Governor unsure he can act on calls for investigation into Denver’s mayor

DENVER -- Twenty-four hours after Colorado’s Fraternal Order of Police called on Gov. John Hickenlooper to compel the state's attorney general to investigate Denver Mayor Michael Hancock, Hickenlooper is unsure he can act.

Hancock has been accused of sending inappropriate texts to a Denver police detective in 2012 when she worked on his security detail.

“I doubt it,” Hickenlooper said. “I think the attorney general operates independently of the governor.

“Bad behavior in and of itself is generally not cause for an investigation by the attorney general. Generally, there needs to be a law that is broken."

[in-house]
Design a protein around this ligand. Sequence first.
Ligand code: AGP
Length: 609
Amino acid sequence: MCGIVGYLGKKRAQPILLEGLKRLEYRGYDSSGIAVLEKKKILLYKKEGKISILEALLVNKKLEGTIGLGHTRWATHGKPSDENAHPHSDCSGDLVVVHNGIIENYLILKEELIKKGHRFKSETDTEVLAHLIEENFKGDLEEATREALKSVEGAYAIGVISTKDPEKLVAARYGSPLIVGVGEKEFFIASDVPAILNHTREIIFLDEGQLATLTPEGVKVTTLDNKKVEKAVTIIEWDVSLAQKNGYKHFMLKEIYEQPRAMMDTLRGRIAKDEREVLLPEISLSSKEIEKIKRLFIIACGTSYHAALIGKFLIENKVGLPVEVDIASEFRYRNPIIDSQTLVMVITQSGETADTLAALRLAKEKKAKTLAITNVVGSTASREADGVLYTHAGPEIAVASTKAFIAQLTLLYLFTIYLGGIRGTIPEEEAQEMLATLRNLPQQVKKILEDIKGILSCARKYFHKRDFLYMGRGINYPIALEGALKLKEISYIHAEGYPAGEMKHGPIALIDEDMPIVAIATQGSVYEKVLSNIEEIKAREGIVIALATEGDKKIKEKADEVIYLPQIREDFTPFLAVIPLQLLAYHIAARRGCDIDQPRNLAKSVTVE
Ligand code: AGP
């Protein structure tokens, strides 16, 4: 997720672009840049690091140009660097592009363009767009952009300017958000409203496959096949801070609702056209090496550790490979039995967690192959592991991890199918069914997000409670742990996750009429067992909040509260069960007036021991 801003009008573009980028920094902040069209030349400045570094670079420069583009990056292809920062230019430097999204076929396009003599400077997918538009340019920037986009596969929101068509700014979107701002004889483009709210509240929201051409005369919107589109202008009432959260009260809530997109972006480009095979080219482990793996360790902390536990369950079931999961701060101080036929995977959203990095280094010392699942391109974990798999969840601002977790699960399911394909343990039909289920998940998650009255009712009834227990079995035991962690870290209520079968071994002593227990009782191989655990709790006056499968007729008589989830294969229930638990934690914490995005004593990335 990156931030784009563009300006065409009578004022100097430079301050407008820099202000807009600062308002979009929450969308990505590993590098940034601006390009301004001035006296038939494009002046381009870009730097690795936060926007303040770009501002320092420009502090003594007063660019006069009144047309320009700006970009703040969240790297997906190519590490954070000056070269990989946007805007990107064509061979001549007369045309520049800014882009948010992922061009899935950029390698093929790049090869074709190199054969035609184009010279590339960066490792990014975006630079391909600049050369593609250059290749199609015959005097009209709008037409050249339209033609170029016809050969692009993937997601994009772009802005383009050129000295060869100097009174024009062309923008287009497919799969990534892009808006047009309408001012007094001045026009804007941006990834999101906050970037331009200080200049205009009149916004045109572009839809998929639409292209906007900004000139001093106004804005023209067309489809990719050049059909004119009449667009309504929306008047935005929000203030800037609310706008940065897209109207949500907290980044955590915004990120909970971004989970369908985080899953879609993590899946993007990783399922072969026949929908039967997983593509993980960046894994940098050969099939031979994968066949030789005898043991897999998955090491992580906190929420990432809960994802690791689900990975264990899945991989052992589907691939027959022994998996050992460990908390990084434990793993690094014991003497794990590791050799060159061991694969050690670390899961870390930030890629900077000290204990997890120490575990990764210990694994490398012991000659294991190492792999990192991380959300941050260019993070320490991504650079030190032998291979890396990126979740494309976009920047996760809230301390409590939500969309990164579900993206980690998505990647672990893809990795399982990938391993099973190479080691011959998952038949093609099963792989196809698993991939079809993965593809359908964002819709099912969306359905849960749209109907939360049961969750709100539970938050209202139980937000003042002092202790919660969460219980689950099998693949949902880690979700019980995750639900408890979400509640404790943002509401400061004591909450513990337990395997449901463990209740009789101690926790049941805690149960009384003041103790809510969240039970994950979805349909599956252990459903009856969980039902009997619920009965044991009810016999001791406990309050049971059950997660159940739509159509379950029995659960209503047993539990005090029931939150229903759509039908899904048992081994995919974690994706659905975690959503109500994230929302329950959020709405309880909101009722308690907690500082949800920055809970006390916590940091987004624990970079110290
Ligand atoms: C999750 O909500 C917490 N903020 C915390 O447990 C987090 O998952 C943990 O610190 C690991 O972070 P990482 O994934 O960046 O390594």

On Tuesday, representatives from the Denver’s Sheriff’s Department spoke at a news conference at the state’s FOP headquarters, visibly frustrated no official groups in Denver have started investigating the mayor.

“Is the mayor exempt from all due process?” deputy Michael Jackson asked. “Can he do whatever he wants and nobody can say anything negative about it?”

At the news conference, it was revealed deputies fear retaliation for speaking out.

“We’ve been getting death threats,” Jackson said.

The mayor’s office said it called the actions by the FOP “political” and a “scare tactic.”

“They have been very critical of this administration for over seven years now,” Hancock spokeswoman Amber Miller said.

“The mayor is focused on people knowing that he takes full responsibility for his actions."

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